Clinical Trial
Journal Article
Add like
Add dislike
Add to saved papers

A single-arm, open-label study of alemtuzumab in treatment-refractory patients with multiple sclerosis.

BACKGROUND: Alemtuzumab (CD52-specific humanized monoclonal antibody) was found to be an effective therapy for treatment-naive patients with relapsing-remitting multiple sclerosis.

OBJECTIVE: Evaluate alemtuzumab's effects in patients with treatment-refractory relapsing-remitting multiple sclerosis.

METHODS: Forty-five relapsing-remitting multiple sclerosis patients who experienced ≥2 relapses during 2 years prior to the study entry whilst receiving interferon therapy were administered 24 mg i.v. alemtuzumab/day for 5 days at baseline and 3 days 12 months later. Patients received premedication with 1 g i.v. methylprednisolone on days 1-3 at both times.

RESULTS: After 2-year follow-up, the annualized relapse rate was reduced by 94% compared to pre-treatment levels, from 1.6 (2 years prior to treatment) to 0.17 for the 2 years following (P<0.0001). Moreover, 86% of patients showed stable or improved scores on the Expanded Disability Status Scale, and only 1 experienced an increase in disability lasting ≥6 months. The majority (70-88%) showed stable or improved leg, arm and cognitive function as measured by the Multiple Sclerosis Functional Composite. Serious adverse events observed in single patients were transient neutropenia and pneumonia, pulmonary emboli and deep vein thrombosis. Five patients developed clinical thyroid disorders but no opportunistic infections or cases of immune thrombocytopenic purpura were observed.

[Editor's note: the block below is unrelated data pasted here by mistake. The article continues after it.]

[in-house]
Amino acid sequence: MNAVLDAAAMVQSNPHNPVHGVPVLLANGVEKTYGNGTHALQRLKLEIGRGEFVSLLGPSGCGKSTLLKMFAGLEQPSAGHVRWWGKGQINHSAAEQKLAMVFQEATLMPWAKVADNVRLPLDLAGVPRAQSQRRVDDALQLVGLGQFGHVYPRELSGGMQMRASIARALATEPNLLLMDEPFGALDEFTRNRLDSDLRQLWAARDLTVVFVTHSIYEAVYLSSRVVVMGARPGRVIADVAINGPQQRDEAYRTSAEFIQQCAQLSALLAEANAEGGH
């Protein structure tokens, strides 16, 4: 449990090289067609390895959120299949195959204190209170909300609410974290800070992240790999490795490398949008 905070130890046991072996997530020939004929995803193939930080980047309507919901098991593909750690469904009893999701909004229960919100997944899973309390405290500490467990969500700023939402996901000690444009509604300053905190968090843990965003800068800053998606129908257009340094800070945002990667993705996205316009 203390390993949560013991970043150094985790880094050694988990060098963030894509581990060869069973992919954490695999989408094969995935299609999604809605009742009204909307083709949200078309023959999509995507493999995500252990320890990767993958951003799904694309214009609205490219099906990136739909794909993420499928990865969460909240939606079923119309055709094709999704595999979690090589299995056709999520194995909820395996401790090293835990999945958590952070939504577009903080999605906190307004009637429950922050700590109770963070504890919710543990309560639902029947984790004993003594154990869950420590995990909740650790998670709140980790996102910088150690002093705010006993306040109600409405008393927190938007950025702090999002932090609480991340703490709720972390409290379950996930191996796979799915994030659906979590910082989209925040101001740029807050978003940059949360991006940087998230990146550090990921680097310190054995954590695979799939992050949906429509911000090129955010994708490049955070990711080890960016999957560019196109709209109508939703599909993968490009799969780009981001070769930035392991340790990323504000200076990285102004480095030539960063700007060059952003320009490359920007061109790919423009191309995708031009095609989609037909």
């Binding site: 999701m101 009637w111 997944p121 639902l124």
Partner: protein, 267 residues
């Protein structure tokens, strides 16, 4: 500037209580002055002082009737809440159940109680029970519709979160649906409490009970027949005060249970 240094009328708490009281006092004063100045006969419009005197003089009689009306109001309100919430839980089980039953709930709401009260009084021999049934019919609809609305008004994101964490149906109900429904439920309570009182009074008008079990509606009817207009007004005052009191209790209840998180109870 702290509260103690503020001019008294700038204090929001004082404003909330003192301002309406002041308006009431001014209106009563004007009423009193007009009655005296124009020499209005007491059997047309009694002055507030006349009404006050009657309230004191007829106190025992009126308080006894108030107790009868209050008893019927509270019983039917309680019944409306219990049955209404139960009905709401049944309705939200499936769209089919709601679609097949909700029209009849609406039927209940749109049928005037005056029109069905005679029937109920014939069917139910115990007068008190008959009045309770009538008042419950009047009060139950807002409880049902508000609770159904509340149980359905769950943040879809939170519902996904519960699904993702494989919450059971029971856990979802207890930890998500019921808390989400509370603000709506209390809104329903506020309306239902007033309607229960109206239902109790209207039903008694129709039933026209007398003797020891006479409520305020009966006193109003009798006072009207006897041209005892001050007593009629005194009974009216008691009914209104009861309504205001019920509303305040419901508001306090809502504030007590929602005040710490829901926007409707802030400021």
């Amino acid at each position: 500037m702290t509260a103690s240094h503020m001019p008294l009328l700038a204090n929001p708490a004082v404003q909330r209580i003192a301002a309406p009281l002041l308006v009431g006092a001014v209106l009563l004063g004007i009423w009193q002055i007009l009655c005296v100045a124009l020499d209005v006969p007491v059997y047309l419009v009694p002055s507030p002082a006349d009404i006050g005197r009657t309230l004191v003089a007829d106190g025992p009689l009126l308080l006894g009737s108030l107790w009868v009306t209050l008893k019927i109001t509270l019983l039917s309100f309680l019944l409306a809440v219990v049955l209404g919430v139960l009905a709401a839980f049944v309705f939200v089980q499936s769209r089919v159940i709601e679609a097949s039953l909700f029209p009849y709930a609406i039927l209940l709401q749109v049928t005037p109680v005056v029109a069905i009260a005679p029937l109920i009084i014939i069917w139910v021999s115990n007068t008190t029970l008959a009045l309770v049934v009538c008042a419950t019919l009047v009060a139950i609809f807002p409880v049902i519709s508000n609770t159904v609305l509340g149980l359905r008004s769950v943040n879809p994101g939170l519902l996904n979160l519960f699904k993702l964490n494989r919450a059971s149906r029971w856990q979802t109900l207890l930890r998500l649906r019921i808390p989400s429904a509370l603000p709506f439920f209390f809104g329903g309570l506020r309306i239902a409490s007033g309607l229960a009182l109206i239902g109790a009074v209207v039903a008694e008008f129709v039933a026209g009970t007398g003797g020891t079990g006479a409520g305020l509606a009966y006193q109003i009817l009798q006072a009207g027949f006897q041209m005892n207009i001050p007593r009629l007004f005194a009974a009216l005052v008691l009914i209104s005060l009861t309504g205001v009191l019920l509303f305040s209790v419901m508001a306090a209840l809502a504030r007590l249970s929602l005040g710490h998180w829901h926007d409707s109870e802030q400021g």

CONCLUSIONS: Alemtuzumab effectively reduced relapse rates and improved clinical scores in patients with active relapsing-remitting multiple sclerosis not controlled by interferon therapy.

Full text links

We have located links that may give you full text access.
Can't access the paper?
Try logging in through your university/institutional subscription. For a smoother one-click institutional access experience, please use our mobile app.

Related Resources

For the best experience, use the Read mobile app

Mobile app image

Get seemless 1-tap access through your institution/university

For the best experience, use the Read mobile app

All material on this website is protected by copyright, Copyright © 1994-2024 by WebMD LLC.
This website also contains material copyrighted by 3rd parties.

By using this service, you agree to our terms of use and privacy policy.

Your Privacy Choices Toggle icon

You can now claim free CME credits for this literature searchClaim now

Get seemless 1-tap access through your institution/university

For the best experience, use the Read mobile app